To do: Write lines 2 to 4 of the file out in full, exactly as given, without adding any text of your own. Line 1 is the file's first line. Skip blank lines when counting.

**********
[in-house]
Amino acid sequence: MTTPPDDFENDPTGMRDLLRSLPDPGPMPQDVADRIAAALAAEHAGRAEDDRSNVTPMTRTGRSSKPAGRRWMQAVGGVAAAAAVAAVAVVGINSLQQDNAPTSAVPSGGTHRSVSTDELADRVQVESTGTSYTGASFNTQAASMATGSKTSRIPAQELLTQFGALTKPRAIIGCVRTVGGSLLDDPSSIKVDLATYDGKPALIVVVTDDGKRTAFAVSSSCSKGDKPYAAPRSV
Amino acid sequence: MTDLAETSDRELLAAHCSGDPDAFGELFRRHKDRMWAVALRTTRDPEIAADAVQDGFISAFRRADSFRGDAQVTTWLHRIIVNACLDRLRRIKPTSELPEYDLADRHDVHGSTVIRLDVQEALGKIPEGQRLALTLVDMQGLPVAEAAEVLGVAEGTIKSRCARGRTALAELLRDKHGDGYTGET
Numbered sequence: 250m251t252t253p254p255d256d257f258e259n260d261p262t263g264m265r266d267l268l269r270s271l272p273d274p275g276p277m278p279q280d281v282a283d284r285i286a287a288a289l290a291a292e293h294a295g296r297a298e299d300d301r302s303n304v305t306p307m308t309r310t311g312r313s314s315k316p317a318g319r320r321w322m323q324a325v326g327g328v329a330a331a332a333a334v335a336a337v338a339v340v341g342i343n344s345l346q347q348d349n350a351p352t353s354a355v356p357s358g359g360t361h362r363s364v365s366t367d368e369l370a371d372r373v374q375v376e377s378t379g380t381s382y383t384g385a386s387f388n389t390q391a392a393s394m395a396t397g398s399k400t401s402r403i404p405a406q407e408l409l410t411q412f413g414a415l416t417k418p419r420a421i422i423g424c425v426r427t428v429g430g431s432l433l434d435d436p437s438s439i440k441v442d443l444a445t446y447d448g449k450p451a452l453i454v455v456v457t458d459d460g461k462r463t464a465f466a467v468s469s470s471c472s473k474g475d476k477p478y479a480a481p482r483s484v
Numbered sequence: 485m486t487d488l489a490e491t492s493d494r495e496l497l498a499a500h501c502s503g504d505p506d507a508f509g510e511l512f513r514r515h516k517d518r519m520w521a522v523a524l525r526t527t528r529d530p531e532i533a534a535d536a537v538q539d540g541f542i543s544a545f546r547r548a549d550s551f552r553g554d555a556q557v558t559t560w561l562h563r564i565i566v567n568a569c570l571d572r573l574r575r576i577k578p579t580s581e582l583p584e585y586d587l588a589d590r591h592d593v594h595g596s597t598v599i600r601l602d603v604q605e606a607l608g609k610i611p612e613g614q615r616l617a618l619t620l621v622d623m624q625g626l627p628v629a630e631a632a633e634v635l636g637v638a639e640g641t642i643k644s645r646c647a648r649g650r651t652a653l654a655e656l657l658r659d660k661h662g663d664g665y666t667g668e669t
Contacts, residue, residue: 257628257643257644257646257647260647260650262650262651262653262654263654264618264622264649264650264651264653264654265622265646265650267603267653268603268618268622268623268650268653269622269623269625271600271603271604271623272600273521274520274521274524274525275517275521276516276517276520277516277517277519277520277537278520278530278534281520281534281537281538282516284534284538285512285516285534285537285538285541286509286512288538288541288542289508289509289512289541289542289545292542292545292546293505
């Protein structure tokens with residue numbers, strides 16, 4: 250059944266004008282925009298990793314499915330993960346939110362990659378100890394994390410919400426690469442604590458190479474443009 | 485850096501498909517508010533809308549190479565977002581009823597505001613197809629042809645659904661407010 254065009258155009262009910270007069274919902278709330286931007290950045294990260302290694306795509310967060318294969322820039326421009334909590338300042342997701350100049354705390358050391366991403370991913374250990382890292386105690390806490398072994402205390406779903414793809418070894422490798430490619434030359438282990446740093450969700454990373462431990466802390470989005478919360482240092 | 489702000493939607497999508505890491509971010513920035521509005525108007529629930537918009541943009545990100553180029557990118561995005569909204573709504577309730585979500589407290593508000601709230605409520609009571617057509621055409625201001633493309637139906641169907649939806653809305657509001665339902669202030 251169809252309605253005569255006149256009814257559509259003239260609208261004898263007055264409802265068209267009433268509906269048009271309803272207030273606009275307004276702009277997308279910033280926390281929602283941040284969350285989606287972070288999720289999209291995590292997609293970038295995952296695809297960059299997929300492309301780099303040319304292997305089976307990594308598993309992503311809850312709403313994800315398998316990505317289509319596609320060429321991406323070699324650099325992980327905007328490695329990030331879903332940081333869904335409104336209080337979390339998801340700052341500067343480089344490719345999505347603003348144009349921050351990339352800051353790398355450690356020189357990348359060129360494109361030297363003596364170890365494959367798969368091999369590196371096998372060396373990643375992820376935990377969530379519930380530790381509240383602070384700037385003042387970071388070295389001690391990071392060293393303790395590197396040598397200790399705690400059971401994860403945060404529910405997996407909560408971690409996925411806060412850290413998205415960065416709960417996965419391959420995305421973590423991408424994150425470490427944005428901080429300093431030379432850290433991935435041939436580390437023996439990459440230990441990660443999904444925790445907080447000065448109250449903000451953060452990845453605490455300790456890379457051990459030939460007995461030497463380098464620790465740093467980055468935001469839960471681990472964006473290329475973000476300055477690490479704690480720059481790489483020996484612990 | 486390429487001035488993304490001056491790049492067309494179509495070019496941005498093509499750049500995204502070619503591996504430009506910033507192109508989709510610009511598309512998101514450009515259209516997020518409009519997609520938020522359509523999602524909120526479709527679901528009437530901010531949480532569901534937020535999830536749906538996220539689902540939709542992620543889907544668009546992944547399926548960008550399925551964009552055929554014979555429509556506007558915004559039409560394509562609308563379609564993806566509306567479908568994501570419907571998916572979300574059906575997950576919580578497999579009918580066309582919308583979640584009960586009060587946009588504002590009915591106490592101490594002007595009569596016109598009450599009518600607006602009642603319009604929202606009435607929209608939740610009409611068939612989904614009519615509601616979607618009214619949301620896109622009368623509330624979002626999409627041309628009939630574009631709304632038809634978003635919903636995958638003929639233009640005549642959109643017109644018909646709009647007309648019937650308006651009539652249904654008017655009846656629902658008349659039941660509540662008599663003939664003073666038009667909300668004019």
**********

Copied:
Amino acid sequence: MTTPPDDFENDPTGMRDLLRSLPDPGPMPQDVADRIAAALAAEHAGRAEDDRSNVTPMTRTGRSSKPAGRRWMQAVGGVAAAAAVAAVAVVGINSLQQDNAPTSAVPSGGTHRSVSTDELADRVQVESTGTSYTGASFNTQAASMATGSKTSRIPAQELLTQFGALTKPRAIIGCVRTVGGSLLDDPSSIKVDLATYDGKPALIVVVTDDGKRTAFAVSSSCSKGDKPYAAPRSV
Amino acid sequence: MTDLAETSDRELLAAHCSGDPDAFGELFRRHKDRMWAVALRTTRDPEIAADAVQDGFISAFRRADSFRGDAQVTTWLHRIIVNACLDRLRRIKPTSELPEYDLADRHDVHGSTVIRLDVQEALGKIPEGQRLALTLVDMQGLPVAEAAEVLGVAEGTIKSRCARGRTALAELLRDKHGDGYTGET
Numbered sequence: 250m251t252t253p254p255d256d257f258e259n260d261p262t263g264m265r266d267l268l269r270s271l272p273d274p275g276p277m278p279q280d281v282a283d284r285i286a287a288a289l290a291a292e293h294a295g296r297a298e299d300d301r302s303n304v305t306p307m308t309r310t311g312r313s314s315k316p317a318g319r320r321w322m323q324a325v326g327g328v329a330a331a332a333a334v335a336a337v338a339v340v341g342i343n344s345l346q347q348d349n350a351p352t353s354a355v356p357s358g359g360t361h362r363s364v365s366t367d368e369l370a371d372r373v374q375v376e377s378t379g380t381s382y383t384g385a386s387f388n389t390q391a392a393s394m395a396t397g398s399k400t401s402r403i404p405a406q407e408l409l410t411q412f413g414a415l416t417k418p419r420a421i422i423g424c425v426r427t428v429g430g431s432l433l434d435d436p437s438s439i440k441v442d443l444a445t446y447d448g449k450p451a452l453i454v455v456v457t458d459d460g461k462r463t464a465f466a467v468s469s470s471c472s473k474g475d476k477p478y479a480a481p482r483s484v